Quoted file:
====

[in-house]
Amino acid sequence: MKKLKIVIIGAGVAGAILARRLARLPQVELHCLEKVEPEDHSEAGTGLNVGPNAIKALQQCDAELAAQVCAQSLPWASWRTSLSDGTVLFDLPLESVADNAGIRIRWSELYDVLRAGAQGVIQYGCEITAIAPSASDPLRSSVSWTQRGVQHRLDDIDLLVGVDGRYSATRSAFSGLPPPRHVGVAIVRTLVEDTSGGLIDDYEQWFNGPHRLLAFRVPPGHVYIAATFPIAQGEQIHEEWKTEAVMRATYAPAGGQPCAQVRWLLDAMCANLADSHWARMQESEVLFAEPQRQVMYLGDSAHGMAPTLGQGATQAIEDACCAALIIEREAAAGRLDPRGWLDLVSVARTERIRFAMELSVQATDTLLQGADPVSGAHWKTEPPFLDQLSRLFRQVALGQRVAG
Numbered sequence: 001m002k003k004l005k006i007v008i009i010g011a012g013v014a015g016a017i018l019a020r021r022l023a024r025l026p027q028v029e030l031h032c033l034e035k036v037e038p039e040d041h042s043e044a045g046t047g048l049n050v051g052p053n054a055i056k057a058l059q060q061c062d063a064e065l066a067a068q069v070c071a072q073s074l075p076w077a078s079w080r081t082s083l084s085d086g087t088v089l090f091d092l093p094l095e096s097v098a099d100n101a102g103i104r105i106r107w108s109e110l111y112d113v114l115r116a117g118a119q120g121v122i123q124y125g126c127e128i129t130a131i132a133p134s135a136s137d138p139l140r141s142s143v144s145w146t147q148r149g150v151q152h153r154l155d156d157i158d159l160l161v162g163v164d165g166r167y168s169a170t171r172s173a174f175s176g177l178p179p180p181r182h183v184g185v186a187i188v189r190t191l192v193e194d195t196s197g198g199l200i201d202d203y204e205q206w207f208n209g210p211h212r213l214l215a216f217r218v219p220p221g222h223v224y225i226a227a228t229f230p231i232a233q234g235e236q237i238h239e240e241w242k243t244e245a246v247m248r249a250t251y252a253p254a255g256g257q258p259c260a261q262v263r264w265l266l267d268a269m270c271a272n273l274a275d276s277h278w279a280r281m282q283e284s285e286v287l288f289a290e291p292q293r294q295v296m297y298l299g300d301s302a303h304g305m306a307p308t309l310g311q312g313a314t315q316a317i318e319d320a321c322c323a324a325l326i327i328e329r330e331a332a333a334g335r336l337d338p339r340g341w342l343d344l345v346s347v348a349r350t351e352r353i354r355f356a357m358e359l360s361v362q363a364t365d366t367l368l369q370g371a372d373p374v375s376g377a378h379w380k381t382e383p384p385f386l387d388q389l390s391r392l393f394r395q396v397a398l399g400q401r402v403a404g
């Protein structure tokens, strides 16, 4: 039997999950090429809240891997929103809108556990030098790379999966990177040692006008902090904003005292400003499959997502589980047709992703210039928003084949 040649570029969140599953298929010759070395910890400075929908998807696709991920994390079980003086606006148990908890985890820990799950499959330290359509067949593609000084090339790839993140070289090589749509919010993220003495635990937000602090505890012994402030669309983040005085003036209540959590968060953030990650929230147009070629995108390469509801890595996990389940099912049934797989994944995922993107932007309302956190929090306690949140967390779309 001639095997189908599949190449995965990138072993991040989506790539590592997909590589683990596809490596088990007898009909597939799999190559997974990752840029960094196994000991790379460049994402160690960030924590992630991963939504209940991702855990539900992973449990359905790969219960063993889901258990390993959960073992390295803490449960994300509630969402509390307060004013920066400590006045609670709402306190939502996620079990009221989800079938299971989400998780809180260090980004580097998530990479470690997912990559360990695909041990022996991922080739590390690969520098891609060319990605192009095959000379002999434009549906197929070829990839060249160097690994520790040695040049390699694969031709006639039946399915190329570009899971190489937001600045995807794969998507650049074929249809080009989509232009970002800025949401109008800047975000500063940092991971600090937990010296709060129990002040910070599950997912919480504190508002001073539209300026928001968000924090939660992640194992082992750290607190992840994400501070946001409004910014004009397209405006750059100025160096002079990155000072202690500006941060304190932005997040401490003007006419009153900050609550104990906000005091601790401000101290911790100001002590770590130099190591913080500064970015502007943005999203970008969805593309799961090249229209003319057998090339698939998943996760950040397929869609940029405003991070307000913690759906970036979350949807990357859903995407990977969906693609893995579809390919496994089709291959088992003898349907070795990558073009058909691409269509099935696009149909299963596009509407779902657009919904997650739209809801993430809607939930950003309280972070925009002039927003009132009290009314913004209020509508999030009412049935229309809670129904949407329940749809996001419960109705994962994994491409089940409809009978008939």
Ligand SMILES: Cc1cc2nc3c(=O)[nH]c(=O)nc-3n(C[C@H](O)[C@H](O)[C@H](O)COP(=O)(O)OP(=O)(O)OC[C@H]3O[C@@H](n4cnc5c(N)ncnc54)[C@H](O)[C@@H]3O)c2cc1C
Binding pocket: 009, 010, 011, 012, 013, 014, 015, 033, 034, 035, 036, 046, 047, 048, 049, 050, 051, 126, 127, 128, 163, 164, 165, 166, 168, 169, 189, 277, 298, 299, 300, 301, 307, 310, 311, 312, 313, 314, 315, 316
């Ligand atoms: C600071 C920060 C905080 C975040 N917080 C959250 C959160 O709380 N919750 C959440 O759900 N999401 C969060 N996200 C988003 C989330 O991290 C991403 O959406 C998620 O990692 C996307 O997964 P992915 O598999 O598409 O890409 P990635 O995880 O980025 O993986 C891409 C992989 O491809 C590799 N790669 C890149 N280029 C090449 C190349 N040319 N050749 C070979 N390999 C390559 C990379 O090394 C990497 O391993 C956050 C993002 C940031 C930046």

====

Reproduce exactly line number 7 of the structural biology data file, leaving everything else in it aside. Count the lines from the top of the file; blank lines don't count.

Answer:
């Ligand atoms: C600071 C920060 C905080 C975040 N917080 C959250 C959160 O709380 N919750 C959440 O759900 N999401 C969060 N996200 C988003 C989330 O991290 C991403 O959406 C998620 O990692 C996307 O997964 P992915 O598999 O598409 O890409 P990635 O995880 O980025 O993986 C891409 C992989 O491809 C590799 N790669 C890149 N280029 C090449 C190349 N040319 N050749 C070979 N390999 C390559 C990379 O090394 C990497 O391993 C956050 C993002 C940031 C930046």